A Sports Data Science TNA visit in Pisa
A TNA experience report by Bram Janssens from Ghent University, Belgium. The goal of the stay was to combine cycling analytics with geospatial analytics, as geospatial analytics can heavily improve the current solutions in the field.
The past two months, from October 1, 2023 to November 30, 2023, I had the privileged opportunity to spend two months at the Knowledge Discovery and Data Mining Laboratory at the Consiglio Nazionale delle Ricerche (CNR) in Pisa, Italy. It has been a truly inspiring period.
The goal of the stay was to combine my previous efforts in improving cycling analytics with the extensive knowledge present here on geospatial analytics, as geospatial analytics can heavily improve the current solutions in the field.
The stay both allowed me to develop interesting new projects as well as to meet several inspiring people, as well as seeing some parts of beautiful Tuscany. The majority of my work here was in close collaboration with Dr. Luca Pappalardo, who has expertise in both sports data science and geospatial analytics.
I really enjoyed spending some time outside of my usual ‘home’ working environment and just experiencing how different work environments can also give you new ideas. Specifically, we are currently in the process of developing two projects. The first project focuses on the publication of an open-source cycling analytics data set which will allow future researchers to combine very detailed information on both race courses as well as race results, which will hopefully foster new innovative studies, as seen in other sports data science fields after the publication of similar data sets. The data set allows for several interesting applications, such as a data-driven grouping of races, which allows for performance evaluation per specialization: a sprinter, time trialist, and climber should not be evaluated on the same set of races. However, analyses performed on the data set can also be more individualized. For instance, in the paper we are planning to submit together with the data set, we are already capable of determining which races will suit a certain athlete more or less based on previous performances. Below you can find an example of the races that suit Mark Cavendish the most and the least. Imagine the potential this bears with regard to automated team rostering and race scheduling.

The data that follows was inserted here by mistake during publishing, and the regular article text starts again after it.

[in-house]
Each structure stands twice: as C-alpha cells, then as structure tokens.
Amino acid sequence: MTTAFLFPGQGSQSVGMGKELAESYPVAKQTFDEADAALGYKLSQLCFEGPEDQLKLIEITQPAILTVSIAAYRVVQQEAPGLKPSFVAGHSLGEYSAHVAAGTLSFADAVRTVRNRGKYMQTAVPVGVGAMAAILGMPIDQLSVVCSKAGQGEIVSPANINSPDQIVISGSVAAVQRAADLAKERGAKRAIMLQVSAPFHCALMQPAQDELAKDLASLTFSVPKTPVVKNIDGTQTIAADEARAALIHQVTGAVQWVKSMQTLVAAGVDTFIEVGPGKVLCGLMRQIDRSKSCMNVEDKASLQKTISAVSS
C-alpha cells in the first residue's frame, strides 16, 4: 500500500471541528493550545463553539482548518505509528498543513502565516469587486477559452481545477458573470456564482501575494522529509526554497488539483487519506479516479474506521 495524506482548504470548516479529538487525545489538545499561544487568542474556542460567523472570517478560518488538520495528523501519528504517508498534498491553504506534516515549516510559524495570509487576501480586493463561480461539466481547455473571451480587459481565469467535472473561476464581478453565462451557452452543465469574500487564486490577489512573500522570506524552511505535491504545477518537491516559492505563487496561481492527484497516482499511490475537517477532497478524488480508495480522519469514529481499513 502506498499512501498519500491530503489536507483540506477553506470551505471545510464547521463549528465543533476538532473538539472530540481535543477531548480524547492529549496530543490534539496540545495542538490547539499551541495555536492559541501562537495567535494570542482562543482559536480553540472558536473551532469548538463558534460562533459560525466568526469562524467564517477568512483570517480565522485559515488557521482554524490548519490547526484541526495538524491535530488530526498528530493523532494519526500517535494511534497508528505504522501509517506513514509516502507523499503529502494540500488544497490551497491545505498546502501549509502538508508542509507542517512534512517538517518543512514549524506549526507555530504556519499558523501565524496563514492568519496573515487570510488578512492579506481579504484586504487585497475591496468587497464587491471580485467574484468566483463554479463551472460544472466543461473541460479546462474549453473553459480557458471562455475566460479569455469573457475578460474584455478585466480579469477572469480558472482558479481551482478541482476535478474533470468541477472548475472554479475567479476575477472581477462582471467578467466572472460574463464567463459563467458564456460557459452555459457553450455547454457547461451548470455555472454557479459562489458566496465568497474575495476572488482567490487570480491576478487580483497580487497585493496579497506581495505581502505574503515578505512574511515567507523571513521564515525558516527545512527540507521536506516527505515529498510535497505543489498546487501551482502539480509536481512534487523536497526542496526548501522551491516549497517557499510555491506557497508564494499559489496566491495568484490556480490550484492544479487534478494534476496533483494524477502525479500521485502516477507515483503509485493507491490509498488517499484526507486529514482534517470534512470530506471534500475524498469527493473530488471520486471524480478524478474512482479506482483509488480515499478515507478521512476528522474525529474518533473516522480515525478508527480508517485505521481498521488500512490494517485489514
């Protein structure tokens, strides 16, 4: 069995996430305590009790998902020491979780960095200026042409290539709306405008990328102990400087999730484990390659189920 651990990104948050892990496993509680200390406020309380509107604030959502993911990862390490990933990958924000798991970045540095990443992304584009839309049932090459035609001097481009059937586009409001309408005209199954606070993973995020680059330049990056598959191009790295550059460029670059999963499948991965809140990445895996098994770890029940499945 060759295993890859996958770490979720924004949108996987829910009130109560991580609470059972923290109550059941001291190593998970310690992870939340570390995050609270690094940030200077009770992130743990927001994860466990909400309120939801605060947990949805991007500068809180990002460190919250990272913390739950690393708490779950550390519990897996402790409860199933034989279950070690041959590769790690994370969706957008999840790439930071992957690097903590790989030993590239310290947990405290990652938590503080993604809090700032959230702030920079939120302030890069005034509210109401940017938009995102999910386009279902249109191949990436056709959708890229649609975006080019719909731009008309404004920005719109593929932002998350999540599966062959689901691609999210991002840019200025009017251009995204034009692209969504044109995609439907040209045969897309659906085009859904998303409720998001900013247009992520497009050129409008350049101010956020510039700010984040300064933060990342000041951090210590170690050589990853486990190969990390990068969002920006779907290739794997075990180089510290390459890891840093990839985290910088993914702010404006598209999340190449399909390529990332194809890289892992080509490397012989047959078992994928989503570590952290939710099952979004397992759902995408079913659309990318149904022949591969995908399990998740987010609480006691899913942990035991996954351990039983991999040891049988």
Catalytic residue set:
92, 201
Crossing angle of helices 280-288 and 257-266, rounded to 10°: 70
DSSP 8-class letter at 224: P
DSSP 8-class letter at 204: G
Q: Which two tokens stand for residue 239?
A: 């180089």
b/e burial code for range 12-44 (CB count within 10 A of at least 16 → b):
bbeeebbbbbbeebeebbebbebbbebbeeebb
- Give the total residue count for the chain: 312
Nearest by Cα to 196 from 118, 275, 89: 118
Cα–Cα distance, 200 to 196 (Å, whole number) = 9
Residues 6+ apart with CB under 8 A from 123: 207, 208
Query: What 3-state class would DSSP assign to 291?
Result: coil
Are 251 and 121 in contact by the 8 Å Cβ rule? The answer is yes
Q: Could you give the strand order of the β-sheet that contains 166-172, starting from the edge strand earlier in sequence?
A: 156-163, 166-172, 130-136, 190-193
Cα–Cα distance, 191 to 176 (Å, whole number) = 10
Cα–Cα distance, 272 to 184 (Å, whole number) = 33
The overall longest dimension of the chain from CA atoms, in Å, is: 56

Moreover, we are also in the process of quantifying the influence teammates have on the performance of their team leaders, which is a complicated task in the field of cycling analytics, which is a complicated hybrid between an individual and team sports and where limited information is available on in-race events.
Besides these two already more developed studies, I also hope that the stay will allow me to engage in research projects that I would otherwise be unable to. I have learned a lot about the field of geospatial and mobility analytics, as I had the opportunity to follow a course on this topic here.
Moreover, I also met several people with compatible expertise compared to my own, and I hope to maintain contact with all these people. I have already had several interesting discussions about potential future directions of my research, as well as some useful feedback on earlier research of mine outside of the scope of the project here.
I can recommend a TNA visit to anyone, as it has helped me a lot on the professional level. But I also personally enjoyed my stay here, as I enjoyed Pisa and the surroundings a lot. Each weekend offered the opportunity for a mini-holiday, while the evenings in the city were also lovely. It has certainly taught me a lot about myself and has improved my work-related mobility.
Figure: Race Affinity Mark Cavendish: Official Race Profiles 2023 Tour of Oman Stage 1 (most favorable; left panel), and 2023 Giro dItalia Stage 18 (least favorable; right panel). Our simple initial approach was already capable of detecting which type of races the sprinter Mark Cavendish would thrive in and which races he would have difficulties in.